Education Doctorate

Year Approved


First Advisor

Lindstrom, Michael


This study explored how the special education inclusion model impacted students with disabilities in several South Georgia counties. The researcher determined there were differences in perceptions and actual progression based on the findings from educators’ survey responses and standardized test results concerning the impact of the inclusion model on special education students in general education classrooms. This difference in perception versus reality emerged as a theme and may be attributed to educator’s negative experiences. Specific interest was given to students with disabilities in the categories of specific learning disability (SLD), emotional behavioral disability (EBD), mild intellectual disability (MI), and other health impairment (OHI) disability that received special education services in general education classrooms. The increase of academic success among students with disabilities on standardized tests over the last five years in some high schools caused this researcher to question why general education teachers, special education teachers, and paraprofessionals were not aware that the inclusive classroom model was responsible for positive changes. Surprisingly, the researcher discovered the dissonance that about half of the educators that would rather return to a segregated resource classroom model instead of an inclusion model for students with disabilities. Educators reported many challenges that led to the likelihood of failure of students with disabilities in general education classrooms. Initial evidence of these challenges included declining completion of classwork and homework assignments by students with disabilities. The researcher found these challenges to be present in classroom settings as evidenced by the educators’ response to survey questions relating to lack of completion of daily classwork and homework assignments.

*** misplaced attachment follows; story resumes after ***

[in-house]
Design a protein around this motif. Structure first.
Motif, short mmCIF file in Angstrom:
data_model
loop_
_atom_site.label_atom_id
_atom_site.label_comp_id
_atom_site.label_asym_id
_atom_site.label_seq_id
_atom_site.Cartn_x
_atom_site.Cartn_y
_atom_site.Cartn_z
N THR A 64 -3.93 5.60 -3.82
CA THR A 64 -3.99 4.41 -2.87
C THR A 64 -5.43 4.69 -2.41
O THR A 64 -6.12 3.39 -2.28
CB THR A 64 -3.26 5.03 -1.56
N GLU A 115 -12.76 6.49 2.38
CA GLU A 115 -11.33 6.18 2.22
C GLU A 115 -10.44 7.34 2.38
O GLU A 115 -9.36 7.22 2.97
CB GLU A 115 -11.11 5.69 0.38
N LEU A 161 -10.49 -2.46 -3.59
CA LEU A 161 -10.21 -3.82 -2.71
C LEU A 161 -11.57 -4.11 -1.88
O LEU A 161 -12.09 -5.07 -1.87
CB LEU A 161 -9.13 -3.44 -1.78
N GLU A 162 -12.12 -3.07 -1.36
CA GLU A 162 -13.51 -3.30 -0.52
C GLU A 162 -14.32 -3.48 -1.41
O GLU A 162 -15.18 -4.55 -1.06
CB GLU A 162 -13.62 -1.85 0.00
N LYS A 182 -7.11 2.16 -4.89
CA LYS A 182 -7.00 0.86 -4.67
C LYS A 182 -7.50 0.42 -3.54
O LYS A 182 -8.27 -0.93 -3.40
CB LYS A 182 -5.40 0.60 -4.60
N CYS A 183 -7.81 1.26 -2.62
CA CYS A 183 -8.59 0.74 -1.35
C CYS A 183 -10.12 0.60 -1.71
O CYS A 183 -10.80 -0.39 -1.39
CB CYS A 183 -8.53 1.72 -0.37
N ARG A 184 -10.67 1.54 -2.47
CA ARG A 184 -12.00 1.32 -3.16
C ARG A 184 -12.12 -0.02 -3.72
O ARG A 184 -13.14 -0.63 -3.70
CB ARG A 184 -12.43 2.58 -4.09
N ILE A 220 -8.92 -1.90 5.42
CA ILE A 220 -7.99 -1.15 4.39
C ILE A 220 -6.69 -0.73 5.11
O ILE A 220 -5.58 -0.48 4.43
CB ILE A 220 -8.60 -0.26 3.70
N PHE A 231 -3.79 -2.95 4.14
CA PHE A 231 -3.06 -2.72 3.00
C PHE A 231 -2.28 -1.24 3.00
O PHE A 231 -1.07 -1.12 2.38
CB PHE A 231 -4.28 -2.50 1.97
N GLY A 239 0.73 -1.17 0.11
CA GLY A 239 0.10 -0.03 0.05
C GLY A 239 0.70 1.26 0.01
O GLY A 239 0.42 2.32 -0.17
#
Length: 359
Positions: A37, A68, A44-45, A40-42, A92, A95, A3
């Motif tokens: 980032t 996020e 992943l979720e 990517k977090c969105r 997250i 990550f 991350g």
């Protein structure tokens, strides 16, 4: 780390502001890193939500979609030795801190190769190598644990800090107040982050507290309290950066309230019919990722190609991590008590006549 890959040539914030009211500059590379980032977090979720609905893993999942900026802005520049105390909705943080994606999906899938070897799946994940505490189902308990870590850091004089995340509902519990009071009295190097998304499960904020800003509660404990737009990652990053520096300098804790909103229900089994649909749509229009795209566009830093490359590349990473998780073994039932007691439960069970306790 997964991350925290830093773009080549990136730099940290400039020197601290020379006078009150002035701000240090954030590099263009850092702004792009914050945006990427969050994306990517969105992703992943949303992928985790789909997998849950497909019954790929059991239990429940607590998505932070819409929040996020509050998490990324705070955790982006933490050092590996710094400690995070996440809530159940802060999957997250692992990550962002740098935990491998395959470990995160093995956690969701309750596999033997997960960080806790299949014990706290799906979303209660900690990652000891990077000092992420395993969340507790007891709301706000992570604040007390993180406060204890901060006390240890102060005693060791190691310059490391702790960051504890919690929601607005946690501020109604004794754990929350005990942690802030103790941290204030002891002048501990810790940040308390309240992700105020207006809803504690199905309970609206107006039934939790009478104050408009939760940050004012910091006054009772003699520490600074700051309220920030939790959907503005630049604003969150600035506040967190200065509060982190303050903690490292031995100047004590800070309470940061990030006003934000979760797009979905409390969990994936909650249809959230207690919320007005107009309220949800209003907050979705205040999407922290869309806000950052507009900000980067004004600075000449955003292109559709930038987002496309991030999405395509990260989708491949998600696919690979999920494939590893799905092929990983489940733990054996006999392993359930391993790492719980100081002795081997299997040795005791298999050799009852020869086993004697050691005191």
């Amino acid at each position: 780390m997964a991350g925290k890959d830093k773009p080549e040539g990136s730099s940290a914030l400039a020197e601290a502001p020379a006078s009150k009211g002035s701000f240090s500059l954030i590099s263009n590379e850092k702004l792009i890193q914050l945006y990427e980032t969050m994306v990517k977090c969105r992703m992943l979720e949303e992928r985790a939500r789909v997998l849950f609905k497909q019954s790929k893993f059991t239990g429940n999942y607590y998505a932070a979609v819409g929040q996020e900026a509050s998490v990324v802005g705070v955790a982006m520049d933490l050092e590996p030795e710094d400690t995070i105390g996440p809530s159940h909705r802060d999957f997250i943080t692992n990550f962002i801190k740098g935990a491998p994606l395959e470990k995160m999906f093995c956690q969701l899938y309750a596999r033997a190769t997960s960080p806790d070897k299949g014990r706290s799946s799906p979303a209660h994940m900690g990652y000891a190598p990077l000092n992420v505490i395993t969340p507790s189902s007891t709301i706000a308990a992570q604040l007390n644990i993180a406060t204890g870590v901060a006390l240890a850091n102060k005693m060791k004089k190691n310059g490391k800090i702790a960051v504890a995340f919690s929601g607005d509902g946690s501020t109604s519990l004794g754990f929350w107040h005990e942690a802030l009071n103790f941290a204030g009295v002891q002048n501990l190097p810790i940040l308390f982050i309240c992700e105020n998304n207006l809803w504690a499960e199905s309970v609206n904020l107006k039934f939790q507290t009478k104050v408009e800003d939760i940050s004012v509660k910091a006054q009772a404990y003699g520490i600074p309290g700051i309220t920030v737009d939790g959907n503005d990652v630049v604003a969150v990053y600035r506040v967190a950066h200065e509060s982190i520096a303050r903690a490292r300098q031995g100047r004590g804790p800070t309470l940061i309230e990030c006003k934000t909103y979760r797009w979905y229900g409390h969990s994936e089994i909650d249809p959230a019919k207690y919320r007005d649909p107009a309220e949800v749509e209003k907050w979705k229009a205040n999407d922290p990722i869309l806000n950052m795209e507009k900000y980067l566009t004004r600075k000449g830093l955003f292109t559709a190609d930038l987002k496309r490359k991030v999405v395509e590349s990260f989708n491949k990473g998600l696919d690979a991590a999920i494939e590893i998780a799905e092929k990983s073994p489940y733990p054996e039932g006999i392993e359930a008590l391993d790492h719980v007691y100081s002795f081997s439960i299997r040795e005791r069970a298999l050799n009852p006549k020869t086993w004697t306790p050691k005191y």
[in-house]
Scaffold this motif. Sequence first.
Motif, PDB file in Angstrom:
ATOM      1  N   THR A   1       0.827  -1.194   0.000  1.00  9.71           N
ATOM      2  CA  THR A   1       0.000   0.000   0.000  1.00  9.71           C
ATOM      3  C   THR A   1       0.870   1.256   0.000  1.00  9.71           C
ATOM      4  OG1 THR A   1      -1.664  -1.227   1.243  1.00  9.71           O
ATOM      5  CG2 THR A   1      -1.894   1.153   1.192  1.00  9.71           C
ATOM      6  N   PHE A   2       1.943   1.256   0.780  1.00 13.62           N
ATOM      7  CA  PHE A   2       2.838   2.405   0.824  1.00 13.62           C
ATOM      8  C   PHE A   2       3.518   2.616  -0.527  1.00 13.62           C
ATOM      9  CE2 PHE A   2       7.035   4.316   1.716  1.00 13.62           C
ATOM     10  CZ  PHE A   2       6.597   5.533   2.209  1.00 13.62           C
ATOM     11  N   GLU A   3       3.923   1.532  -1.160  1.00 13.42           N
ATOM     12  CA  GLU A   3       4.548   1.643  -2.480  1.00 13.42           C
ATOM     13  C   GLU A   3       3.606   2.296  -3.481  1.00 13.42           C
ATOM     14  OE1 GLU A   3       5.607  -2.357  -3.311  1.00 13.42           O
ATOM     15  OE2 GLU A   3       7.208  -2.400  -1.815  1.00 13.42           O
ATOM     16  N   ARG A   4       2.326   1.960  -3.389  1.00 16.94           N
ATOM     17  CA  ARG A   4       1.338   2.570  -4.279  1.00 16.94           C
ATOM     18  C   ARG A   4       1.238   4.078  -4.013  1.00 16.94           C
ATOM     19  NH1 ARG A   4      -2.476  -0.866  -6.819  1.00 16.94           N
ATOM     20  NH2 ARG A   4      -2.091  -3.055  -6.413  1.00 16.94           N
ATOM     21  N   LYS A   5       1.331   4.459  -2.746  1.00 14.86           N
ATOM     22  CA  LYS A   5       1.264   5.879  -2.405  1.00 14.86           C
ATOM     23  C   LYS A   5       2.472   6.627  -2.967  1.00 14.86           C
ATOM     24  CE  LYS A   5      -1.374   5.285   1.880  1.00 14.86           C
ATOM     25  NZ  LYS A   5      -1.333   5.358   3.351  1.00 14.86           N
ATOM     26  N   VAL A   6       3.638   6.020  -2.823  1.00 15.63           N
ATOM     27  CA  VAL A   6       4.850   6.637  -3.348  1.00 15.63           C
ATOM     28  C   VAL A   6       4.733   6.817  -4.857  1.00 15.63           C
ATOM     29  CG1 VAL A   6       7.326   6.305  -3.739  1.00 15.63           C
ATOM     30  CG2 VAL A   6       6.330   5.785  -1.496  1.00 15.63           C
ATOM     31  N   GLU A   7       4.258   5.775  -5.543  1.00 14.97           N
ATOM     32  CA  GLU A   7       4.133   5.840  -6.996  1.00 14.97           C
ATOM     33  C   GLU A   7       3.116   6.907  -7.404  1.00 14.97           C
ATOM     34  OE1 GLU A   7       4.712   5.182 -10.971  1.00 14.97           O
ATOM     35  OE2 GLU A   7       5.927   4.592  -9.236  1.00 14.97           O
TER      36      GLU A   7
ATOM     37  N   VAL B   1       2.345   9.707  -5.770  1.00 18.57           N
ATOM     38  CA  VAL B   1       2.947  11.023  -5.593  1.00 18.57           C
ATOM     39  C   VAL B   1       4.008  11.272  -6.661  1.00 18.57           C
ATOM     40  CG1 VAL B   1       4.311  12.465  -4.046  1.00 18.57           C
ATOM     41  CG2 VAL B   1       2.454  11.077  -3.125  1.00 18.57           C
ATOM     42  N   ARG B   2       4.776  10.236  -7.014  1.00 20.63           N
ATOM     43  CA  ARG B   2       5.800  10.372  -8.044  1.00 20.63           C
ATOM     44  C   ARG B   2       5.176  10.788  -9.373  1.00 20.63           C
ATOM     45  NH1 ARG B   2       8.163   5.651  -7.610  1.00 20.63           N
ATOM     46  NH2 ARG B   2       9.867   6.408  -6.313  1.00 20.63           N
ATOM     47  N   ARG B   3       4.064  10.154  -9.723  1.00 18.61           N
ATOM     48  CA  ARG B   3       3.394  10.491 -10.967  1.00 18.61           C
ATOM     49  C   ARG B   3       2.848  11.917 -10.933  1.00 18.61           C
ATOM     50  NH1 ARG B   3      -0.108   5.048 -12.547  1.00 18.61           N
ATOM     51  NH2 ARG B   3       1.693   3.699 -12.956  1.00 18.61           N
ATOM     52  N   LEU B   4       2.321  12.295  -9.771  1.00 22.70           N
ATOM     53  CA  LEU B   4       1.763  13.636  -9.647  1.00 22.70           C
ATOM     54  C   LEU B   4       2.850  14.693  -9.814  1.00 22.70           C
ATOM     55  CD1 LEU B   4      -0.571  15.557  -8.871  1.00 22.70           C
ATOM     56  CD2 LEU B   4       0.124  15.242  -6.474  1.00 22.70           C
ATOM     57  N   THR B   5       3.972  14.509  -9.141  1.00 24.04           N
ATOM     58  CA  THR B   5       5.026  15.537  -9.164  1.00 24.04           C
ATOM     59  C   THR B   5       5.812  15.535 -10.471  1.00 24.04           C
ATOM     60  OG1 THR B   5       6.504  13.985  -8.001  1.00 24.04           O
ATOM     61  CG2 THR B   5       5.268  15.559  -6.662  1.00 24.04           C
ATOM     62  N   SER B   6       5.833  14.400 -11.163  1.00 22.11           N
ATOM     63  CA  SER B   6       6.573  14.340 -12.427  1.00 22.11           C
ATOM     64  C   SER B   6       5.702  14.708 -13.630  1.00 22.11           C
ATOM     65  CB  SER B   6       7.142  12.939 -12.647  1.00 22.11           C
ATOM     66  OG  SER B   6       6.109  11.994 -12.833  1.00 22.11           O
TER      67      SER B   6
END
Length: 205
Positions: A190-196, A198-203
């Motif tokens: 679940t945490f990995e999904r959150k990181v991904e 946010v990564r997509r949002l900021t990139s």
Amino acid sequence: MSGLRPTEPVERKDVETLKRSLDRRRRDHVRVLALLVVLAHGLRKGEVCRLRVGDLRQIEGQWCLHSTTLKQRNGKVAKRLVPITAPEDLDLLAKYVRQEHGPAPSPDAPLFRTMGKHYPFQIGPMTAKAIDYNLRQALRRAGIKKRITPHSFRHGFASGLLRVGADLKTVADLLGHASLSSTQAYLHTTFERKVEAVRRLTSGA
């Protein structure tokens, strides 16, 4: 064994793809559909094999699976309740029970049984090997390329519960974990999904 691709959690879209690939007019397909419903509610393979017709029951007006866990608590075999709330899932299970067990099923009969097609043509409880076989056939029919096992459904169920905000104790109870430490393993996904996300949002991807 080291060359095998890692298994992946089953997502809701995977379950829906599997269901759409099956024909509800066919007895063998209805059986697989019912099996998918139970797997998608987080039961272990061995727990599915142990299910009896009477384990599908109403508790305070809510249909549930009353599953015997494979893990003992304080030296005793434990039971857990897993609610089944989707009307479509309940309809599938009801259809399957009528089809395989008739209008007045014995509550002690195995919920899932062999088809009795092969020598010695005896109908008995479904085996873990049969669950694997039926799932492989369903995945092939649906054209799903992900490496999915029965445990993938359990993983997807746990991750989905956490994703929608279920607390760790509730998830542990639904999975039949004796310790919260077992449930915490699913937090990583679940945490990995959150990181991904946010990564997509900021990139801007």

Degree Name

Education Doctorate

Document Type

Doctoral dissertation